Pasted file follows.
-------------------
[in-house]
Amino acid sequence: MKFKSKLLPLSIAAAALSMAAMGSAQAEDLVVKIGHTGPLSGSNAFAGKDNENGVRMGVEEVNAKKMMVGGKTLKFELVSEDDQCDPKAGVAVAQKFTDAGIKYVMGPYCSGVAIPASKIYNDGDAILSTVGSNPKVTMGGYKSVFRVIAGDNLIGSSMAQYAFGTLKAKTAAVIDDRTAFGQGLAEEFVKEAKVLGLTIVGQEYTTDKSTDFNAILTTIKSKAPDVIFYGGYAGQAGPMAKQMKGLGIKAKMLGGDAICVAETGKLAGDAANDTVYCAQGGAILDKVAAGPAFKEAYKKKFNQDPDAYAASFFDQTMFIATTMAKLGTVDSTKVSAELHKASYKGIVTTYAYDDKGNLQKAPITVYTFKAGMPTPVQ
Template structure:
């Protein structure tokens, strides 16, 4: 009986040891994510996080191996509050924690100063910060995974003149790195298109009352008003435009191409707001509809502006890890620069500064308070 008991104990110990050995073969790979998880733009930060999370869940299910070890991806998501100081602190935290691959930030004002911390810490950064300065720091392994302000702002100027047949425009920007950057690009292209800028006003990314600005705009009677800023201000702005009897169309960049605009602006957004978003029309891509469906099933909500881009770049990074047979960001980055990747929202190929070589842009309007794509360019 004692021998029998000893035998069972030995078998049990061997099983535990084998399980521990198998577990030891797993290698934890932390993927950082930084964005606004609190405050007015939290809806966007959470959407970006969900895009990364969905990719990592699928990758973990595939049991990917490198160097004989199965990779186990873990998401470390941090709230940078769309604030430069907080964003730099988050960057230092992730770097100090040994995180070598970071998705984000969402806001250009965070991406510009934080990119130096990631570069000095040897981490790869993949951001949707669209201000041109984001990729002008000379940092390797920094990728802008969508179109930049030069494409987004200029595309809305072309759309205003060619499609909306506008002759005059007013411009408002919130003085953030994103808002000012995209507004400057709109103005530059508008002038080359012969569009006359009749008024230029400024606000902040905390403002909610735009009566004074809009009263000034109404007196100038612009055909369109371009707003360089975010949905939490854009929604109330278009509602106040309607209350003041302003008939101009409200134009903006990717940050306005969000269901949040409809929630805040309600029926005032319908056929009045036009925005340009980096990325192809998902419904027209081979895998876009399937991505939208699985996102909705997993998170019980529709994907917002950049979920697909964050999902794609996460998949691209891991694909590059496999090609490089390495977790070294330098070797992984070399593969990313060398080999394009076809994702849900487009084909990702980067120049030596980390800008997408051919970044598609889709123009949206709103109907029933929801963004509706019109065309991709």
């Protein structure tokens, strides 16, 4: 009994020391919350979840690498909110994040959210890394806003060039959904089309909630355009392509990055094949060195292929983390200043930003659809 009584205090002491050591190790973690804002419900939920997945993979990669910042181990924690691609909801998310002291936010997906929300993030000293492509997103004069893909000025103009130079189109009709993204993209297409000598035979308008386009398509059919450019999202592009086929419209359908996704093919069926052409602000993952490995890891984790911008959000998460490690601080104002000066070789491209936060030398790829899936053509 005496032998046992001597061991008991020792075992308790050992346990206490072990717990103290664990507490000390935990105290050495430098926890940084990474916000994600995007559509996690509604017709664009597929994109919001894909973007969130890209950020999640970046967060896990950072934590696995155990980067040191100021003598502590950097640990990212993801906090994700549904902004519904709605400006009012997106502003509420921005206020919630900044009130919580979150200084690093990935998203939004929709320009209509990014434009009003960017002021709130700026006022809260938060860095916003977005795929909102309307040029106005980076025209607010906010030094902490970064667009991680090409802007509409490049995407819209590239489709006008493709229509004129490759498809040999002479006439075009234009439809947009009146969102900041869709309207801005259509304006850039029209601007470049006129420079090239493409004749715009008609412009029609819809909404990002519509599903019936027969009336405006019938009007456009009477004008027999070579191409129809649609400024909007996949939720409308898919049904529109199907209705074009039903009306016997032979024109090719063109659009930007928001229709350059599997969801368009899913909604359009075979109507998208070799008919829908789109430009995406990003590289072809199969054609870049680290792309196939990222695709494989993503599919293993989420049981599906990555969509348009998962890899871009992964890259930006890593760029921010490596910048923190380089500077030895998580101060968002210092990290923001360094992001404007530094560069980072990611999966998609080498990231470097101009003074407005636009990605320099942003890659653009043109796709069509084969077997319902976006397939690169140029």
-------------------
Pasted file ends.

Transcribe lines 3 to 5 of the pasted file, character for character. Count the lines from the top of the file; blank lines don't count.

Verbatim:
Template structure:
């Protein structure tokens, strides 16, 4: 009986040891994510996080191996509050924690100063910060995974003149790195298109009352008003435009191409707001509809502006890890620069500064308070 008991104990110990050995073969790979998880733009930060999370869940299910070890991806998501100081602190935290691959930030004002911390810490950064300065720091392994302000702002100027047949425009920007950057690009292209800028006003990314600005705009009677800023201000702005009897169309960049605009602006957004978003029309891509469906099933909500881009770049990074047979960001980055990747929202190929070589842009309007794509360019 004692021998029998000893035998069972030995078998049990061997099983535990084998399980521990198998577990030891797993290698934890932390993927950082930084964005606004609190405050007015939290809806966007959470959407970006969900895009990364969905990719990592699928990758973990595939049991990917490198160097004989199965990779186990873990998401470390941090709230940078769309604030430069907080964003730099988050960057230092992730770097100090040994995180070598970071998705984000969402806001250009965070991406510009934080990119130096990631570069000095040897981490790869993949951001949707669209201000041109984001990729002008000379940092390797920094990728802008969508179109930049030069494409987004200029595309809305072309759309205003060619499609909306506008002759005059007013411009408002919130003085953030994103808002000012995209507004400057709109103005530059508008002038080359012969569009006359009749008024230029400024606000902040905390403002909610735009009566004074809009009263000034109404007196100038612009055909369109371009707003360089975010949905939490854009929604109330278009509602106040309607209350003041302003008939101009409200134009903006990717940050306005969000269901949040409809929630805040309600029926005032319908056929009045036009925005340009980096990325192809998902419904027209081979895998876009399937991505939208699985996102909705997993998170019980529709994907917002950049979920697909964050999902794609996460998949691209891991694909590059496999090609490089390495977790070294330098070797992984070399593969990313060398080999394009076809994702849900487009084909990702980067120049030596980390800008997408051919970044598609889709123009949206709103109907029933929801963004509706019109065309991709």
């Protein structure tokens, strides 16, 4: 009994020391919350979840690498909110994040959210890394806003060039959904089309909630355009392509990055094949060195292929983390200043930003659809 009584205090002491050591190790973690804002419900939920997945993979990669910042181990924690691609909801998310002291936010997906929300993030000293492509997103004069893909000025103009130079189109009709993204993209297409000598035979308008386009398509059919450019999202592009086929419209359908996704093919069926052409602000993952490995890891984790911008959000998460490690601080104002000066070789491209936060030398790829899936053509 005496032998046992001597061991008991020792075992308790050992346990206490072990717990103290664990507490000390935990105290050495430098926890940084990474916000994600995007559509996690509604017709664009597929994109919001894909973007969130890209950020999640970046967060896990950072934590696995155990980067040191100021003598502590950097640990990212993801906090994700549904902004519904709605400006009012997106502003509420921005206020919630900044009130919580979150200084690093990935998203939004929709320009209509990014434009009003960017002021709130700026006022809260938060860095916003977005795929909102309307040029106005980076025209607010906010030094902490970064667009991680090409802007509409490049995407819209590239489709006008493709229509004129490759498809040999002479006439075009234009439809947009009146969102900041869709309207801005259509304006850039029209601007470049006129420079090239493409004749715009008609412009029609819809909404990002519509599903019936027969009336405006019938009007456009009477004008027999070579191409129809649609400024909007996949939720409308898919049904529109199907209705074009039903009306016997032979024109090719063109659009930007928001229709350059599997969801368009899913909604359009075979109507998208070799008919829908789109430009995406990003590289072809199969054609870049680290792309196939990222695709494989993503599919293993989420049981599906990555969509348009998962890899871009992964890259930006890593760029921010490596910048923190380089500077030895998580101060968002210092990290923001360094992001404007530094560069980072990611999966998609080498990231470097101009003074407005636009990605320099942003890659653009043109796709069509084969077997319902976006397939690169140029």